Private adaptation in semi-arid lands: a tailored approach to ‘leave no one behind'
This paper draws on five years of research conducted through the Pathways for Resilience in Semi-arid Economies (PRISE) programme in the semi-arid lands of seven developing countries across West and East Africa, and South and Central Asia.
With developing countries under pressure to finalise their Nationally Determined Contributions (NDCs) ahead of the 2020 update deadline, national governments have an important window of time to rethink the ways in which they have approached development and adaptation in SALs to date, to clearly articulate their priorities, and to request the necessary international support.
It is argued that a radical shift is needed in semi-arid policy landscapes, that refocuses on leveraging existing adaptive capacities of private sector actors – women, farmers, businesses and cooperatives – to cope with and respond to prevailing environmental shocks and weather extremes. This requires providing enabling business environments that are tailored to the diverse and specific needs of the full range of private sector actors in semi-arid regions.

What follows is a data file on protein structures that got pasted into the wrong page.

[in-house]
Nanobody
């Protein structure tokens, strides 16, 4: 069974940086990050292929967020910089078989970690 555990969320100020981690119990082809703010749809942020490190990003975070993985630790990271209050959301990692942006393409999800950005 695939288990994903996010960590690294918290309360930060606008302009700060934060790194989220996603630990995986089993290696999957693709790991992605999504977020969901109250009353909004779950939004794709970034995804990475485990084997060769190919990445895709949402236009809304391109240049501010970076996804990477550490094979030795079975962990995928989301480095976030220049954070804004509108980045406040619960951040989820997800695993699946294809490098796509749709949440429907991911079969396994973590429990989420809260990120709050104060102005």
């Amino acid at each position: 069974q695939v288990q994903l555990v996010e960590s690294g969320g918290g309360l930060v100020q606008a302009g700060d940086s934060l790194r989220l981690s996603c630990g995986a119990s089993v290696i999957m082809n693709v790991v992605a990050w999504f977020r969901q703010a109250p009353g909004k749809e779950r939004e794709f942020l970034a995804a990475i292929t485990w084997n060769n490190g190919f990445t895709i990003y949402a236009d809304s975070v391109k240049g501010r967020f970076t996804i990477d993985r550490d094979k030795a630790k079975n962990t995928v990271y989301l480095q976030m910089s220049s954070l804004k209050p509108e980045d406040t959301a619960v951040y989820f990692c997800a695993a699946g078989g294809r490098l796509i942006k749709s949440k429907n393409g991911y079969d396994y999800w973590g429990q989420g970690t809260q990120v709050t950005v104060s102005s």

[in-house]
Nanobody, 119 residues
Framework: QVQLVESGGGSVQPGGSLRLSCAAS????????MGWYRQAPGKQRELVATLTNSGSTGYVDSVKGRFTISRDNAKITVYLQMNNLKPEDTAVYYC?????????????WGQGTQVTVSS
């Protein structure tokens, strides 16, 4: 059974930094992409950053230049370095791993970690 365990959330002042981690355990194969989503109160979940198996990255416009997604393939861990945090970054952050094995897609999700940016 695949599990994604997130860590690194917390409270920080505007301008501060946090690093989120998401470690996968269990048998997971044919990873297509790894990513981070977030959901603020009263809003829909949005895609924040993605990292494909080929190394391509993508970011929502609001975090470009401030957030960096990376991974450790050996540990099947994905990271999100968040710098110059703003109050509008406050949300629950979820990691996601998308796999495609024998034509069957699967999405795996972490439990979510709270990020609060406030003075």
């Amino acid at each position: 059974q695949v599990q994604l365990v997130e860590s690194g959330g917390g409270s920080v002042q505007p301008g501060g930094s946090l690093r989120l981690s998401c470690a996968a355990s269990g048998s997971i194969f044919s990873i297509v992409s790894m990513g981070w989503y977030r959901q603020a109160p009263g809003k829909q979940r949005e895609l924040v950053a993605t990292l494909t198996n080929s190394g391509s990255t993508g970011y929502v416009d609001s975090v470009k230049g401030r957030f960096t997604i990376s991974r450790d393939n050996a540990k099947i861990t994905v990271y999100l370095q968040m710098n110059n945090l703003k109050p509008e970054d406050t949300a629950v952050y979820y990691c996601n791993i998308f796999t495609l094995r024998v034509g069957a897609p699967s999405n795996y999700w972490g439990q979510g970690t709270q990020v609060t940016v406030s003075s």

In this paper, opportunities are identified which support such reorientation of policy in semi-arid lands and to unlock broader resilience in semi-arid regions through the private sector. Action is required now if we are to achieve the Sustainable Development Agenda pledge to ‘leave no one behind’.
This paper can be read for free at this link: https://www.cambridge.org/core/journals/global-sustainability/article/private-adaptation-in-semiarid-lands-a-tailored-approach-to-leave-no-one-behind/7137A87952EF66840C1AE86A7E3D1D07/core-reader